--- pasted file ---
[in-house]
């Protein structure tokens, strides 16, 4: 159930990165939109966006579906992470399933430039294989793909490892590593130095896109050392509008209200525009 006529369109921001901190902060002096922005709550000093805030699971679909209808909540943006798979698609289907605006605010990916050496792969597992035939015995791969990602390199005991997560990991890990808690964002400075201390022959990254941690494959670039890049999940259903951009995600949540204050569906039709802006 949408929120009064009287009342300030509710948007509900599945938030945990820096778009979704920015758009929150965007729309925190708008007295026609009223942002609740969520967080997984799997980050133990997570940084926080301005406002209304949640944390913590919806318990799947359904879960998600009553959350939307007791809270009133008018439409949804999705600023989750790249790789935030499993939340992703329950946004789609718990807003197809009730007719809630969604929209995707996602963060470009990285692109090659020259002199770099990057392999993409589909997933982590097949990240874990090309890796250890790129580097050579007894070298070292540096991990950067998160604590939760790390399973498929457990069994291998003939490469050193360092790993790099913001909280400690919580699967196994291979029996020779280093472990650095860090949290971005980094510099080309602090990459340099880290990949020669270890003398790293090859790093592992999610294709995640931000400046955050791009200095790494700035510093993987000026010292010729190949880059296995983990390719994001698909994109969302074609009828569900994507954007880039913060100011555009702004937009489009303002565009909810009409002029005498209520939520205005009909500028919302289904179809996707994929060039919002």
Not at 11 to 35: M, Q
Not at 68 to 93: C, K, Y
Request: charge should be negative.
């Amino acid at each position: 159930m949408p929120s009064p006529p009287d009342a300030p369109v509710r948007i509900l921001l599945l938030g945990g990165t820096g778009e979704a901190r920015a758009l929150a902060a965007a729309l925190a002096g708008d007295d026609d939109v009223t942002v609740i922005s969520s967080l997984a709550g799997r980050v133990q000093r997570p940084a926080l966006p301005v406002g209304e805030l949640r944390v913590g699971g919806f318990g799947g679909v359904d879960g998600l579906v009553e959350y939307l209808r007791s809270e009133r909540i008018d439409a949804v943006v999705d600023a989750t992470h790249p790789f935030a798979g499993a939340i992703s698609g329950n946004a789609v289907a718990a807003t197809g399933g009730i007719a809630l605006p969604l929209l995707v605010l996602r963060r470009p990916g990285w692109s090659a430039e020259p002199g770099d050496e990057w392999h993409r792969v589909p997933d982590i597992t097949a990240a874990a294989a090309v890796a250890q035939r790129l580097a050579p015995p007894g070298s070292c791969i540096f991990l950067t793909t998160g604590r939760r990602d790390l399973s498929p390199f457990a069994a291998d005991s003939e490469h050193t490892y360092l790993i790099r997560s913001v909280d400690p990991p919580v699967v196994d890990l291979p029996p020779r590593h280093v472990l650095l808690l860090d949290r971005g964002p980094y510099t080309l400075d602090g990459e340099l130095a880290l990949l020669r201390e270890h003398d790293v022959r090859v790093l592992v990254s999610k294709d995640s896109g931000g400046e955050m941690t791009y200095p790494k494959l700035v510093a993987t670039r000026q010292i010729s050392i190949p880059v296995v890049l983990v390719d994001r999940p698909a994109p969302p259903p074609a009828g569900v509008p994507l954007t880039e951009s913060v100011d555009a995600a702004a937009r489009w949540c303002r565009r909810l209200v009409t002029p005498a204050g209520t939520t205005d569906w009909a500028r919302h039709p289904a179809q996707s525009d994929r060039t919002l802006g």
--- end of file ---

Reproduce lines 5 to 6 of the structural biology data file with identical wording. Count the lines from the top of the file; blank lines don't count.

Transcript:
Request: charge should be negative.
């Amino acid at each position: 159930m949408p929120s009064p006529p009287d009342a300030p369109v509710r948007i509900l921001l599945l938030g945990g990165t820096g778009e979704a901190r920015a758009l929150a902060a965007a729309l925190a002096g708008d007295d026609d939109v009223t942002v609740i922005s969520s967080l997984a709550g799997r980050v133990q000093r997570p940084a926080l966006p301005v406002g209304e805030l949640r944390v913590g699971g919806f318990g799947g679909v359904d879960g998600l579906v009553e959350y939307l209808r007791s809270e009133r909540i008018d439409a949804v943006v999705d600023a989750t992470h790249p790789f935030a798979g499993a939340i992703s698609g329950n946004a789609v289907a718990a807003t197809g399933g009730i007719a809630l605006p969604l929209l995707v605010l996602r963060r470009p990916g990285w692109s090659a430039e020259p002199g770099d050496e990057w392999h993409r792969v589909p997933d982590i597992t097949a990240a874990a294989a090309v890796a250890q035939r790129l580097a050579p015995p007894g070298s070292c791969i540096f991990l950067t793909t998160g604590r939760r990602d790390l399973s498929p390199f457990a069994a291998d005991s003939e490469h050193t490892y360092l790993i790099r997560s913001v909280d400690p990991p919580v699967v196994d890990l291979p029996p020779r590593h280093v472990l650095l808690l860090d949290r971005g964002p980094y510099t080309l400075d602090g990459e340099l130095a880290l990949l020669r201390e270890h003398d790293v022959r090859v790093l592992v990254s999610k294709d995640s896109g931000g400046e955050m941690t791009y200095p790494k494959l700035v510093a993987t670039r000026q010292i010729s050392i190949p880059v296995v890049l983990v390719d994001r999940p698909a994109p969302p259903p074609a009828g569900v509008p994507l954007t880039e951009s913060v100011d555009a995600a702004a937009r489009w949540c303002r565009r909810l209200v009409t002029p005498a204050g209520t939520t205005d569906w009909a500028r919302h039709p289904a179809q996707s525009d994929r060039t919002l802006g």